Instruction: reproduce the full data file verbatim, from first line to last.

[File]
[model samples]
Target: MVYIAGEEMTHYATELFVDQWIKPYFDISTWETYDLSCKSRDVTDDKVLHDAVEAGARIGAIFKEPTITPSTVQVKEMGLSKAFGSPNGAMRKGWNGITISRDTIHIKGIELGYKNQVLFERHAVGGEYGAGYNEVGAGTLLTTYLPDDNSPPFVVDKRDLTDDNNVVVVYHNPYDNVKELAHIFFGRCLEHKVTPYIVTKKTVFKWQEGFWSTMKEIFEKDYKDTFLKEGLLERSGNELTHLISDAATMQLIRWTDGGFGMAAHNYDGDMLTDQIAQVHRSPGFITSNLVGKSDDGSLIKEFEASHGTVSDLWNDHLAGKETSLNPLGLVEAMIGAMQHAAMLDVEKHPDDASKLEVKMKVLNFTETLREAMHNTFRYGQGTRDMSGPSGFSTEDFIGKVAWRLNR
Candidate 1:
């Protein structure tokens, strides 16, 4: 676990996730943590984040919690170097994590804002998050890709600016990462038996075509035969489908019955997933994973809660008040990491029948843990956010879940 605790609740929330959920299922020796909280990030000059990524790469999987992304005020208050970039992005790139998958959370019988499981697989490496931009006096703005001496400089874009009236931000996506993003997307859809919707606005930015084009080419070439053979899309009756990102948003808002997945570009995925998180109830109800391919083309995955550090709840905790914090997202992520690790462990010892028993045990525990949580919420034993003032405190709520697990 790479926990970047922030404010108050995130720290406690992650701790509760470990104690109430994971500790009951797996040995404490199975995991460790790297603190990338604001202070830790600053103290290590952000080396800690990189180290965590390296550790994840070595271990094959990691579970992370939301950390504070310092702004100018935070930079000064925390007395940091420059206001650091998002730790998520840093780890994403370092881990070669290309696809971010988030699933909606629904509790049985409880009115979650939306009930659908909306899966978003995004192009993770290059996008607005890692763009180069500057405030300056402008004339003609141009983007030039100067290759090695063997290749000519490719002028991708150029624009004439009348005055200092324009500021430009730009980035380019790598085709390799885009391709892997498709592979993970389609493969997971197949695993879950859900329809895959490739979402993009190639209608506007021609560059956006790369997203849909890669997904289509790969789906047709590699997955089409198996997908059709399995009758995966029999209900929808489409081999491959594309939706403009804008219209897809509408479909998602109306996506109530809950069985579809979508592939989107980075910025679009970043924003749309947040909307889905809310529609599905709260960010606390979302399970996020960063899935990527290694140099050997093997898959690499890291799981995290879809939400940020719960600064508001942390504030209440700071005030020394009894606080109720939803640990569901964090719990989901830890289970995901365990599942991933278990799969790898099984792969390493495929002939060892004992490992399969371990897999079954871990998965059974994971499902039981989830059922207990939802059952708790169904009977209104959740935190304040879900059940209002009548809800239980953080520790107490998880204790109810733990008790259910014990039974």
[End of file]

[model samples]
Target: MVYIAGEEMTHYATELFVDQWIKPYFDISTWETYDLSCKSRDVTDDKVLHDAVEAGARIGAIFKEPTITPSTVQVKEMGLSKAFGSPNGAMRKGWNGITISRDTIHIKGIELGYKNQVLFERHAVGGEYGAGYNEVGAGTLLTTYLPDDNSPPFVVDKRDLTDDNNVVVVYHNPYDNVKELAHIFFGRCLEHKVTPYIVTKKTVFKWQEGFWSTMKEIFEKDYKDTFLKEGLLERSGNELTHLISDAATMQLIRWTDGGFGMAAHNYDGDMLTDQIAQVHRSPGFITSNLVGKSDDGSLIKEFEASHGTVSDLWNDHLAGKETSLNPLGLVEAMIGAMQHAAMLDVEKHPDDASKLEVKMKVLNFTETLREAMHNTFRYGQGTRDMSGPSGFSTEDFIGKVAWRLNR
Candidate 1:
């Protein structure tokens, strides 16, 4: 676990996730943590984040919690170097994590804002998050890709600016990462038996075509035969489908019955997933994973809660008040990491029948843990956010879940 605790609740929330959920299922020796909280990030000059990524790469999987992304005020208050970039992005790139998958959370019988499981697989490496931009006096703005001496400089874009009236931000996506993003997307859809919707606005930015084009080419070439053979899309009756990102948003808002997945570009995925998180109830109800391919083309995955550090709840905790914090997202992520690790462990010892028993045990525990949580919420034993003032405190709520697990 790479926990970047922030404010108050995130720290406690992650701790509760470990104690109430994971500790009951797996040995404490199975995991460790790297603190990338604001202070830790600053103290290590952000080396800690990189180290965590390296550790994840070595271990094959990691579970992370939301950390504070310092702004100018935070930079000064925390007395940091420059206001650091998002730790998520840093780890994403370092881990070669290309696809971010988030699933909606629904509790049985409880009115979650939306009930659908909306899966978003995004192009993770290059996008607005890692763009180069500057405030300056402008004339003609141009983007030039100067290759090695063997290749000519490719002028991708150029624009004439009348005055200092324009500021430009730009980035380019790598085709390799885009391709892997498709592979993970389609493969997971197949695993879950859900329809895959490739979402993009190639209608506007021609560059956006790369997203849909890669997904289509790969789906047709590699997955089409198996997908059709399995009758995966029999209900929808489409081999491959594309939706403009804008219209897809509408479909998602109306996506109530809950069985579809979508592939989107980075910025679009970043924003749309947040909307889905809310529609599905709260960010606390979302399970996020960063899935990527290694140099050997093997898959690499890291799981995290879809939400940020719960600064508001942390504030209440700071005030020394009894606080109720939803640990569901964090719990989901830890289970995901365990599942991933278990799969790898099984792969390493495929002939060892004992490992399969371990897999079954871990998965059974994971499902039981989830059922207990939802059952708790169904009977209104959740935190304040879900059940209002009548809800239980953080520790107490998880204790109810733990008790259910014990039974």